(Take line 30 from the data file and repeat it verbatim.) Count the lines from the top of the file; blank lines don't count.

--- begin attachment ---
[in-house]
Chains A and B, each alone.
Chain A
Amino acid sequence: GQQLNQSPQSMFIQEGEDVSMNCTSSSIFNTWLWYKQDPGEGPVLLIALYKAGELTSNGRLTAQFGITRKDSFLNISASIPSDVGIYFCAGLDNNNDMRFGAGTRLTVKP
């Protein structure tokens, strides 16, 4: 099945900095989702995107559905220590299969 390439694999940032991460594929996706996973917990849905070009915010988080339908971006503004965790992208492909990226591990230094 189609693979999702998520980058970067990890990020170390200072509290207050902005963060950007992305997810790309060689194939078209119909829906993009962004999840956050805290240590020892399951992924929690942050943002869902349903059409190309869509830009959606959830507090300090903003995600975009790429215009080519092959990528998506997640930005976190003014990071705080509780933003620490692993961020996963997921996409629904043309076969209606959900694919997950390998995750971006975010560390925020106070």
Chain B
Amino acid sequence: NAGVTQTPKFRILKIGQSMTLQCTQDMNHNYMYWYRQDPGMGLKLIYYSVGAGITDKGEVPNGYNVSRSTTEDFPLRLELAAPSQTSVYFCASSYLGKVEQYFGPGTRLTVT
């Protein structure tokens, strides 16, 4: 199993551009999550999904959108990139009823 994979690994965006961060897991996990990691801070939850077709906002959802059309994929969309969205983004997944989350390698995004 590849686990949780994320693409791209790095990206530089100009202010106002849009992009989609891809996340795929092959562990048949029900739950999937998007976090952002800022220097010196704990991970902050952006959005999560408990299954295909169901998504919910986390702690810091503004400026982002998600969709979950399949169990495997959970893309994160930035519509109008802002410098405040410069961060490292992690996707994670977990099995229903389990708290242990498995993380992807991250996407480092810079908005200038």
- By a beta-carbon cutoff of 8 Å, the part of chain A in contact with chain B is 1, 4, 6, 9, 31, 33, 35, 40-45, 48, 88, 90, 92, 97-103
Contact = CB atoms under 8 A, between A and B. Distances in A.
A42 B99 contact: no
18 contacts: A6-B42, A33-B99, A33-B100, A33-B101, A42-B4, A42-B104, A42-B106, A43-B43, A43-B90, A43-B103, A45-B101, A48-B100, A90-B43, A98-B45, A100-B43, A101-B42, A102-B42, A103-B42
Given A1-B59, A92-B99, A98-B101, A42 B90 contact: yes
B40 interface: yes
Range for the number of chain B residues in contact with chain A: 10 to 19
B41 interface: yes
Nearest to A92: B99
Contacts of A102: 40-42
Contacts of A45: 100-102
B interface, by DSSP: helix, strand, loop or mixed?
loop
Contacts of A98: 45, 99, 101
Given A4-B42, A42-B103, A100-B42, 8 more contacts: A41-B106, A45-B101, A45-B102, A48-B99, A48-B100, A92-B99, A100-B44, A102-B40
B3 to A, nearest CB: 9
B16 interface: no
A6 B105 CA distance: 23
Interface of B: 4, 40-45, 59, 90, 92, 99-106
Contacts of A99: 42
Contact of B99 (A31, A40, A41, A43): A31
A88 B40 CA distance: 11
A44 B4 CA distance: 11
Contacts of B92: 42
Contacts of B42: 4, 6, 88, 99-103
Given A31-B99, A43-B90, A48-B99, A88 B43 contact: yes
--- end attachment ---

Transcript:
A88 B40 CA distance: 11